History in stone: The United States Capitol

You might not see a fist fight on the Senate floor, but a guided Capitol visit is still a must when you're in Washington. Photo: The Apotheosis of Washington (Photo: James Picht)

WASHINGTON, June 15, 2013 ― When you go to Washington, you should tour the United States Capitol. You can do it two ways: Just go to the visitor center and join a huge tour group; or call your Senator’s office ahead of time (if you go in the summer), and a Senate intern will give you a great tour with just a few people. And you’ll get to ride a train. We got our tour through Louisiana Senator David Vitter’s office.

Beneath the Senate office buildings. (Photo: Jim Picht)

Beneath the Senate office buildings. (Photo: Jim Picht)


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Our tour started at Vitter’s office in the Hart Senate Office Building. He has 30 people working for him in the summer, and ten of them are interns. Paxson and Clay, the interns who led our group, took us down to the basement, to a long corridor that led to a small underground train. The Senators can go from their offices to the Capitol without ever going outside. The train took us straight to the Capitol building. It was pretty neat. They searched our bags before we got on (and also when we went into the Hart Building), and made us leave our water behind.

Off the train, we went into the visitor center. It’s new and modern, with skylights you can see the Capitol through, a restaurant, a gift shop, and a huge theater where you start your tour with a film. The theater was packed.

Capitol dome from the visitor center. (Photo: Jim Picht)

Capitol dome from the visitor center. (Photo: Jim Picht)

Congress is over 200 years old, and it is housed in the Capitol building. Built from the designs that our founding fathers created, the U.S. government grew eventually into the most powerful government in the world. Everything about the Capitol represents the government and the country, from the 19 1/2 foot tall statue of Freedom on the top of the building, to the huge rotunda, the paintings, and the 100 statues chosen by the various states. Some of those statues are in the visitors’ center.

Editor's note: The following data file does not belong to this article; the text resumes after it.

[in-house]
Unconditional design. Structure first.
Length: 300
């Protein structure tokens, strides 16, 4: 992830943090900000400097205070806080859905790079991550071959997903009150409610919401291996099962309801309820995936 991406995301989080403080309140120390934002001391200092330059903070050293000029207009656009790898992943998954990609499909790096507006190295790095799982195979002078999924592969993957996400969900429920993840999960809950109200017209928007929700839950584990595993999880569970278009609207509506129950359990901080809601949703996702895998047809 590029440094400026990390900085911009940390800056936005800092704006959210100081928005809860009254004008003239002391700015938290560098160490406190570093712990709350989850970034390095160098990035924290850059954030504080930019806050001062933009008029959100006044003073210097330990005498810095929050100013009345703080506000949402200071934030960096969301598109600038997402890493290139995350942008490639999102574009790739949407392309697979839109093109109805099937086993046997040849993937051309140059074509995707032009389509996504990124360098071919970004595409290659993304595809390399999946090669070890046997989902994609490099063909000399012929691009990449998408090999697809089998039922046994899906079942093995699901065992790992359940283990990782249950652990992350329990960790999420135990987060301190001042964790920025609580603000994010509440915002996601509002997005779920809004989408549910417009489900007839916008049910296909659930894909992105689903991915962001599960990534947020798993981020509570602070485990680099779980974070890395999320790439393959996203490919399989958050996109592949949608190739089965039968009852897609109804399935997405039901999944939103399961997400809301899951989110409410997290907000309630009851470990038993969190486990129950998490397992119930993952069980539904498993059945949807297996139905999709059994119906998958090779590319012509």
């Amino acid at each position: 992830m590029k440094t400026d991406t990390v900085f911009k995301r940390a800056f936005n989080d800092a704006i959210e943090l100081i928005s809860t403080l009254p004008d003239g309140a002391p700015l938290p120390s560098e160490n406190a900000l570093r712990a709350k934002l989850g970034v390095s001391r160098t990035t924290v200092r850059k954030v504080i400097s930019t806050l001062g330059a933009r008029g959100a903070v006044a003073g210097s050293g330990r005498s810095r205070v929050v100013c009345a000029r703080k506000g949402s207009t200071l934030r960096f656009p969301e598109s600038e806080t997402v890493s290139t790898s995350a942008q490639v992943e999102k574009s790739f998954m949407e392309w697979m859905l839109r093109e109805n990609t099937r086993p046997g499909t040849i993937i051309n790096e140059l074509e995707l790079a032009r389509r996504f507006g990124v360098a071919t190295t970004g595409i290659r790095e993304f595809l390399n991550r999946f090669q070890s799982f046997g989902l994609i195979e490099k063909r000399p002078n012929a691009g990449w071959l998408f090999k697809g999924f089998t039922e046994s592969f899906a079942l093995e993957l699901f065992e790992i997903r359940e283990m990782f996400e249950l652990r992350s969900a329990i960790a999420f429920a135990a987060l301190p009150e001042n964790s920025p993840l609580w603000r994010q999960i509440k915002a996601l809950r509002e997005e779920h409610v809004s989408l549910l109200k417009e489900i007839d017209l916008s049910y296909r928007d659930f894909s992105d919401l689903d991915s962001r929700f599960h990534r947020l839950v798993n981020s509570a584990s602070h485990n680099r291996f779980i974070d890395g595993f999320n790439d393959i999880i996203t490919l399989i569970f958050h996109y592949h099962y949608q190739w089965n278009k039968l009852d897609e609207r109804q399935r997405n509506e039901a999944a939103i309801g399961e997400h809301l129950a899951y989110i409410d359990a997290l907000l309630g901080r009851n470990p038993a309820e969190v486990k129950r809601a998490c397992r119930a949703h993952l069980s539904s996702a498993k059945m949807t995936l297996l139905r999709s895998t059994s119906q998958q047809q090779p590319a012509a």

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The Capitol was started in 1793, and George Washington laid the first stone. The original building wasn’t as big as the one that’s there now, and it wasn’t used the same way. The original meeting place for the Supreme Court was there, and the old Senate chamber is smaller than the one today. Now there are rooms with statues in them (two statues for each state), and a huge underground visitor center with a theater. There are meeting rooms, and rooms that we can’t visit.

From the rotunda basement. (Photo: Jim Picht)

From the rotunda basement. (Photo: Jim Picht)

We went from the visitor center to the old Supreme Court chamber. Now it’s just for show because the Supreme Court has its own building. Next we went to the basement under the rotunda. There was a stone that marks the very center of Washington. There was a braille model of the Capitol and the National Mall, and a solid gold copy of the Magna Carta.